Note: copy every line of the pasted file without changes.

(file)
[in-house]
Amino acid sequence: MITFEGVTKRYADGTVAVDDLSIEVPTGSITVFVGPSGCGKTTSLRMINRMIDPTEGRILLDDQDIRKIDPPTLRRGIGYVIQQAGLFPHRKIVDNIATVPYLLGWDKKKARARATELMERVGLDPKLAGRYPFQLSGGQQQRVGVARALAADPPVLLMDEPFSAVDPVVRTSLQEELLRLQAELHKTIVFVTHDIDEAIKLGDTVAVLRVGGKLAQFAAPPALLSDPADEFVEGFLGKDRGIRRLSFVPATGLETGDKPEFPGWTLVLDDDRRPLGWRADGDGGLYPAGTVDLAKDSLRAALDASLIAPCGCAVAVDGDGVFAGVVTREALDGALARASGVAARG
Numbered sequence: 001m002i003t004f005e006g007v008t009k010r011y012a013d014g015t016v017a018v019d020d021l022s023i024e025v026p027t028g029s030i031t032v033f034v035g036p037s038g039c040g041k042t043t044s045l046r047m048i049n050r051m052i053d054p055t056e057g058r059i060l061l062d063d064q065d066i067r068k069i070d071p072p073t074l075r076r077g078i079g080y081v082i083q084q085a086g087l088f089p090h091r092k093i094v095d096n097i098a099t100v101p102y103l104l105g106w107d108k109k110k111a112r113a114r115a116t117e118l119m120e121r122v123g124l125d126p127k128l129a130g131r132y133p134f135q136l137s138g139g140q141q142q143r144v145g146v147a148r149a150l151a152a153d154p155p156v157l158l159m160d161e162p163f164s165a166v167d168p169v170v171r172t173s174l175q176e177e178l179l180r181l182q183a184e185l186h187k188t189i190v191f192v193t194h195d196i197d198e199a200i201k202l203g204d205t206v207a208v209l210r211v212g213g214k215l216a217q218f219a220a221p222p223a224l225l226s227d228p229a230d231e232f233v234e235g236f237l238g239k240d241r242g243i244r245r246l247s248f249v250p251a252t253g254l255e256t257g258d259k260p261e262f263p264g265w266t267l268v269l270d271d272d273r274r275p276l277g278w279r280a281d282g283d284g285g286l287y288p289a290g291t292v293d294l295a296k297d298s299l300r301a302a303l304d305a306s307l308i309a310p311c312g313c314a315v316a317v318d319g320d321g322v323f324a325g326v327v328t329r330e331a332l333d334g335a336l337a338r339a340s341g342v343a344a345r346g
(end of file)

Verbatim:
[in-house]
Amino acid sequence: MITFEGVTKRYADGTVAVDDLSIEVPTGSITVFVGPSGCGKTTSLRMINRMIDPTEGRILLDDQDIRKIDPPTLRRGIGYVIQQAGLFPHRKIVDNIATVPYLLGWDKKKARARATELMERVGLDPKLAGRYPFQLSGGQQQRVGVARALAADPPVLLMDEPFSAVDPVVRTSLQEELLRLQAELHKTIVFVTHDIDEAIKLGDTVAVLRVGGKLAQFAAPPALLSDPADEFVEGFLGKDRGIRRLSFVPATGLETGDKPEFPGWTLVLDDDRRPLGWRADGDGGLYPAGTVDLAKDSLRAALDASLIAPCGCAVAVDGDGVFAGVVTREALDGALARASGVAARG
Numbered sequence: 001m002i003t004f005e006g007v008t009k010r011y012a013d014g015t016v017a018v019d020d021l022s023i024e025v026p027t028g029s030i031t032v033f034v035g036p037s038g039c040g041k042t043t044s045l046r047m048i049n050r051m052i053d054p055t056e057g058r059i060l061l062d063d064q065d066i067r068k069i070d071p072p073t074l075r076r077g078i079g080y081v082i083q084q085a086g087l088f089p090h091r092k093i094v095d096n097i098a099t100v101p102y103l104l105g106w107d108k109k110k111a112r113a114r115a116t117e118l119m120e121r122v123g124l125d126p127k128l129a130g131r132y133p134f135q136l137s138g139g140q141q142q143r144v145g146v147a148r149a150l151a152a153d154p155p156v157l158l159m160d161e162p163f164s165a166v167d168p169v170v171r172t173s174l175q176e177e178l179l180r181l182q183a184e185l186h187k188t189i190v191f192v193t194h195d196i197d198e199a200i201k202l203g204d205t206v207a208v209l210r211v212g213g214k215l216a217q218f219a220a221p222p223a224l225l226s227d228p229a230d231e232f233v234e235g236f237l238g239k240d241r242g243i244r245r246l247s248f249v250p251a252t253g254l255e256t257g258d259k260p261e262f263p264g265w266t267l268v269l270d271d272d273r274r275p276l277g278w279r280a281d282g283d284g285g286l287y288p289a290g291t292v293d294l295a296k297d298s299l300r301a302a303l304d305a306s307l308i309a310p311c312g313c314a315v316a317v318d319g320d321g322v323f324a325g326v327v328t329r330e331a332l333d334g335a336l337a338r339a340s341g342v343a344a345r346g